The woman took a part-time job doing stock at a store, even though the full boxes were hard to carry. She did not care because she needed income to manage her mounting bills. The man traveled across the border to pick up medicines that were not yet approved in his country to combat his illness. The driver was afraid they were not going to make their interview for a job; so they drove over the speed limit and after stopping to look both ways, continued driving through any red traffic lights. Each of these individuals did what they did because they were desperate. I am sure each of us has performed at least one desperate act at some point during our life. Whether you were desperate to finish the race even though your leg was cramping up or you were desperate to get accepted at one particular university so you took on a heavy class load to up your grade point average; we have all been there at some time. One of the definitions for the word desperate says, “involves or employs extreme measures in an attempt to escape defeat or frustration;” another one states, “suffering extreme need or anxiety for money.” Evidently these must be desperate times to have made this film. JENNIFER Lopez (Maid in Manhattan, The Wedding Planner) played recently divorced mother Claire Peterson. After Noah Sandborn, played by Ryan Guzman (Step Up franchise, Pretty Little Liars-TV) had moved in next door, it was encouraging to see the positive influence he had on her son Kevin, played by Ian Nelson (The Judge, The Hunger Games). The compliments she was getting from Noah were nice to hear also. It was not long until Noah appeared to be part of the family, but which family member? This thriller was wrong on so many levels; I do not know where to begin. So let me start with Jennifer because she was the executive producer. I hope she did not think this role would make Hollywood stand up and notice her as a big dramatic actress. Stripping down to underwear for a scene does not automatically make a person appear vulnerable and dramatic, let alone younger; it takes acting and that is what was missing from this movie. By the way, that goes for everyone. The story was icky to start with and it was made worse by Claire being a school teacher. Kristin Chenoweth (Bewitched, Stranger Than Fiction) had the burden of playing vice principal Vicky Lansing, a clownish cartoonish character. It was horrible because the script was lame to the point of almost being laughable. There were no surprises since it was so predictable. This bad film needed more than a detention, it needed to be expelled.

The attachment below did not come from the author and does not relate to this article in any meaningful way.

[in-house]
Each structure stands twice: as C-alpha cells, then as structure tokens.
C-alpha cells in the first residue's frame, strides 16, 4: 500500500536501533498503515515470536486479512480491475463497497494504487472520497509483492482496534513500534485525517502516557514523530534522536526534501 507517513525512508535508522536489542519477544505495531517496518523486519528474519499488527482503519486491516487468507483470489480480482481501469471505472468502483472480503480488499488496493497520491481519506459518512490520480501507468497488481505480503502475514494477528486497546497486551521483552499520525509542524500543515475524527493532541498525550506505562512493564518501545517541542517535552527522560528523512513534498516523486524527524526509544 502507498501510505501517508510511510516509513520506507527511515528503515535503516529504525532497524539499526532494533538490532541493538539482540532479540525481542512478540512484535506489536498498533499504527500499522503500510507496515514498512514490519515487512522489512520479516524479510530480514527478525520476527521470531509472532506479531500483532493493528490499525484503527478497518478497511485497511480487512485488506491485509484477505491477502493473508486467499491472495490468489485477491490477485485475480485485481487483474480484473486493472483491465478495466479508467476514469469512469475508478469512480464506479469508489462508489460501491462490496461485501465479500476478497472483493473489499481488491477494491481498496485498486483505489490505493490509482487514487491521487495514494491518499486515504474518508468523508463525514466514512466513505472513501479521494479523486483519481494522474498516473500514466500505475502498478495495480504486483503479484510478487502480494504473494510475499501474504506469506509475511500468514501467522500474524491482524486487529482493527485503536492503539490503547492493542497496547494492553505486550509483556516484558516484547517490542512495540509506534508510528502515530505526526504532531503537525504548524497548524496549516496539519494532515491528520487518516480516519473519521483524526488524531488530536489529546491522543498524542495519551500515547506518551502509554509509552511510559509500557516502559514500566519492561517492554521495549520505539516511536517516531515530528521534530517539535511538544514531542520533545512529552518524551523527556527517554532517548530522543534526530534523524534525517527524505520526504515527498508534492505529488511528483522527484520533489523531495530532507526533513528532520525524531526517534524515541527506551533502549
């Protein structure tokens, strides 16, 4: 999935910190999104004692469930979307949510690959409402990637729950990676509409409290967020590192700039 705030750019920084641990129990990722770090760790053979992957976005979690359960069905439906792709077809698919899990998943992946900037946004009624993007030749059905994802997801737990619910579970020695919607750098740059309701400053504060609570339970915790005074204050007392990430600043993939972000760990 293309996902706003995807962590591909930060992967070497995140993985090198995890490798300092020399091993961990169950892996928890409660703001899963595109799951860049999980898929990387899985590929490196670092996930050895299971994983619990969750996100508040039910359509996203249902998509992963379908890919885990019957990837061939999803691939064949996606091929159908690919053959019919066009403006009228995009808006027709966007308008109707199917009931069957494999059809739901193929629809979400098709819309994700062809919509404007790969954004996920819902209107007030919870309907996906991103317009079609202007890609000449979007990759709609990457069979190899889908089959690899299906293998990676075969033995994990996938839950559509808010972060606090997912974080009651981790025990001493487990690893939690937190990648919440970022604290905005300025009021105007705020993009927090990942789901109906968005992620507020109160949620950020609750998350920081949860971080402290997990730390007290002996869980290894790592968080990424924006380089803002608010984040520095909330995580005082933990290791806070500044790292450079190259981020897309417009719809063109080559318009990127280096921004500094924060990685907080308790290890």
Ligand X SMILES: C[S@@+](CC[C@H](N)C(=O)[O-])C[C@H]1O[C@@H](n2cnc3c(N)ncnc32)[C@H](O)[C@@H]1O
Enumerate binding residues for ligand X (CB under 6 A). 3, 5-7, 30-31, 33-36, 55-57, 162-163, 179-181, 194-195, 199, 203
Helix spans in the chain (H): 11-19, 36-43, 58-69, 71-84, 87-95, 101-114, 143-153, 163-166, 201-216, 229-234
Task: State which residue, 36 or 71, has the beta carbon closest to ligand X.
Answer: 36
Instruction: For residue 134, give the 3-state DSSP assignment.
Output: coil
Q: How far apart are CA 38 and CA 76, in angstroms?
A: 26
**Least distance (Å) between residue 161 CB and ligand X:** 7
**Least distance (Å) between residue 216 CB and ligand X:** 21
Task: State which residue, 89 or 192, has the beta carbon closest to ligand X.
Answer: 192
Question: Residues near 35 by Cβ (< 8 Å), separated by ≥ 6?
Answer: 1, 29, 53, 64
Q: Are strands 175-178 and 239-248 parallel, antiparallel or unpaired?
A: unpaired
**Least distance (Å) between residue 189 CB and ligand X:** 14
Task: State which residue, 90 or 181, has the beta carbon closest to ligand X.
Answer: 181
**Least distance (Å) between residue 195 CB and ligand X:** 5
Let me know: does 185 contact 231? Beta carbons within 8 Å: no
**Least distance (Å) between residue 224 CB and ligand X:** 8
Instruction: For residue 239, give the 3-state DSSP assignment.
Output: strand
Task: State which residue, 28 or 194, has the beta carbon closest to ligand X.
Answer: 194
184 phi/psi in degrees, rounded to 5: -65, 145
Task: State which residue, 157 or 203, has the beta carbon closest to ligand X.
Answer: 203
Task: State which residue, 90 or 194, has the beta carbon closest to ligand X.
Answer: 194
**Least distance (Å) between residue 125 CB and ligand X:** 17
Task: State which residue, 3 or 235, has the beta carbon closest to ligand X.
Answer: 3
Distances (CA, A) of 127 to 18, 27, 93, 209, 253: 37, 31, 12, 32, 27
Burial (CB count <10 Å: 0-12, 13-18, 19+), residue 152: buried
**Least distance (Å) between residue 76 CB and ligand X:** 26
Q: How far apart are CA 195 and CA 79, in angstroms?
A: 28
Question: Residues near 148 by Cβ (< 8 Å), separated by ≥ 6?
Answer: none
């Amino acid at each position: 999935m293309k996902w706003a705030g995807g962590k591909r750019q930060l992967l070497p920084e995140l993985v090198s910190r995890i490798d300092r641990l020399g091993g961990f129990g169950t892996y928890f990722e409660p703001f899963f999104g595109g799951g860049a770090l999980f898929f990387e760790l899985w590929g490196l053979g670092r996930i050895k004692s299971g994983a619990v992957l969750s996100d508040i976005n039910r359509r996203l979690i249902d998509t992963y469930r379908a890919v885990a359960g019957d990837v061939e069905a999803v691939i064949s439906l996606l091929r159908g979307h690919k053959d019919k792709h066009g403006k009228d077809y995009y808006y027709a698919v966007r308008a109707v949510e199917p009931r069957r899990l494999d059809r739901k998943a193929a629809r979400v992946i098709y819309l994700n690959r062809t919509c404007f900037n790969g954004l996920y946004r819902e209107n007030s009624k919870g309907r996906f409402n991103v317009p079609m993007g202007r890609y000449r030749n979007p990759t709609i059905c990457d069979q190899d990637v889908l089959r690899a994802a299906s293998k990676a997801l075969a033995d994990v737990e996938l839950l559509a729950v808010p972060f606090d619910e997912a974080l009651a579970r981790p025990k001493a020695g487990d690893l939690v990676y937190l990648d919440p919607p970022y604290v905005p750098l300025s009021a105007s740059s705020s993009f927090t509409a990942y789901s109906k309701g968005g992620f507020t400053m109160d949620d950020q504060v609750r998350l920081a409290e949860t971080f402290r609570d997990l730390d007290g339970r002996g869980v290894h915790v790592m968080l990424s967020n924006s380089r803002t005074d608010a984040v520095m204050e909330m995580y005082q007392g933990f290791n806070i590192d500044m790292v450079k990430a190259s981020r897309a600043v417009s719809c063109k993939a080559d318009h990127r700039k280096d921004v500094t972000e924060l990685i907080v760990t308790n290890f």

1 1/2 stars